Variation in the softness and fibre curvature of cashmere, alpaca, mohair and other rare animal fibres

McGregor, BA 2014, Variation in the softness and fibre curvature of cashmere, alpaca, mohair and other rare animal fibres, Journal of the Textile Institute, vol. 105, no. 6, pp. 597-608.

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Title Variation in the softness and fibre curvature of cashmere, alpaca, mohair and other rare animal fibres
Author(s) McGregor, BA
Journal name Journal of the Textile Institute
Volume number 105
Issue number 6
Start page 597
End page 608
Total pages 12
Publisher Taylor & Francis
Place of publication London, England
Publication date 2014
ISSN 0040-5000
1754-2340
Keyword(s) compression properties
fibre crimp
fibre curvature
fibre diameter
origin
processor
Summary Softness of apparel textiles is a major attribute sought by consumers. There is surprisingly little objective information on the softness properties of rare animal fibres, particularly cashmere, alpaca and mohair. Samples of these and other rare animal fibres from different origins of production and processors were objectively measured for fibre diameter, fibre curvature (FC, crimp) and resistance to compression (softness). While there were curvilinear responses of resistance to compression to FC and to mean fibre diameter, FC accounted for much more of the variance in resistance to compression. Fibre type was an important determinant of resistance to compression. The softest fibres were alpaca, mohair and cashgora and all of the fibres measured were softer than most Merino wool. Quivet, llama, camel, guanaco, vicuña, yak wool, bison wool, dehaired cow down and Angora rabbit were also differentiated from alpaca, mohair and cashmere. There were important differences in the softness and FC of cashmere from different origins with cashmere from newer origins of production (Australia, New Zealand and USA) having lower resistance to compression than cashmere from traditional sources of China and Iran. Cashmere from different origins was differentiated on the basis of resistance to compression, FC and fibre diameter. Cashgora was differentiated from cashmere by having a lower FC and lower resistance to compression. There were minority effects of colour and fibre diameter variation on resistance to compression of cashmere. The implications of these findings for the identification and use of softer raw materials are discussed.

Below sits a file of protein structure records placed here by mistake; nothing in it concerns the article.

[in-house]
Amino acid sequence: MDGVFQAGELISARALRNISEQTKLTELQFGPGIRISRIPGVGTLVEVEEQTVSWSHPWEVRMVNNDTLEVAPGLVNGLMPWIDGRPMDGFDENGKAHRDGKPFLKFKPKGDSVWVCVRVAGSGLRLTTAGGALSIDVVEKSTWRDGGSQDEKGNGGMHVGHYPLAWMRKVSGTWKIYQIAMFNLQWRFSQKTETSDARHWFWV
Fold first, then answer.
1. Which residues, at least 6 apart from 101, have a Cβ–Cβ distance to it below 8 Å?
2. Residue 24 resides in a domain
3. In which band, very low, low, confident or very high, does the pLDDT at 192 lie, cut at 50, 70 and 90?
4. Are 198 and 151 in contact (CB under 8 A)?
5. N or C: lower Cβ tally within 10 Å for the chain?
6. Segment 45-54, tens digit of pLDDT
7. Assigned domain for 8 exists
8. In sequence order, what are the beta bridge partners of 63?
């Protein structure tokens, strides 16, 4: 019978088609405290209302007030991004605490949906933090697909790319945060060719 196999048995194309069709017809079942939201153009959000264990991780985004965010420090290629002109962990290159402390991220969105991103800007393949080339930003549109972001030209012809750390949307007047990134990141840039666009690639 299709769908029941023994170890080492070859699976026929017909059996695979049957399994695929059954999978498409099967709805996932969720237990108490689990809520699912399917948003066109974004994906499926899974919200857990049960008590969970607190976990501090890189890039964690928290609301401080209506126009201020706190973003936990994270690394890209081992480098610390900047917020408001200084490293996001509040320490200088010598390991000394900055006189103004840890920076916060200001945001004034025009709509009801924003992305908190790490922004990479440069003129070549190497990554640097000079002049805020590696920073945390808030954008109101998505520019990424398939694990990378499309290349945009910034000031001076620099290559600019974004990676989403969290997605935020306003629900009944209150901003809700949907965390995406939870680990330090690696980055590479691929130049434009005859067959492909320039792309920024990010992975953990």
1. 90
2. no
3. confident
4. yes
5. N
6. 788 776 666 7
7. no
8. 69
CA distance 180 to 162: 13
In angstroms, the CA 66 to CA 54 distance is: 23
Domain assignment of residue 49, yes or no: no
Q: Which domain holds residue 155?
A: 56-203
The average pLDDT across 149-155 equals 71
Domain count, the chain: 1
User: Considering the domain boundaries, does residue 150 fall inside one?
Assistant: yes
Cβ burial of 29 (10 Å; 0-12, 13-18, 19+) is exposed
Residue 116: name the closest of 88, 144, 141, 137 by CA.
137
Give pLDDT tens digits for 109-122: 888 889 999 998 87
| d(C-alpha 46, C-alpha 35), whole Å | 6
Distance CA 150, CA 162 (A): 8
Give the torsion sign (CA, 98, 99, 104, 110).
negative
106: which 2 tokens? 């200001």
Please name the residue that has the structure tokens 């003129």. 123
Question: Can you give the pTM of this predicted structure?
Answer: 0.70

Language eng
Field of Research 099999 Engineering not elsewhere classified
Socio Economic Objective 970109 Expanding Knowledge in Engineering
HERDC Research category C1 Refereed article in a scholarly journal
Copyright notice ©2013, Taylor & Francis
Persistent URL http://hdl.handle.net/10536/DRO/DU:30058856

Document type: Journal Article
Collection: Institute for Frontier Materials
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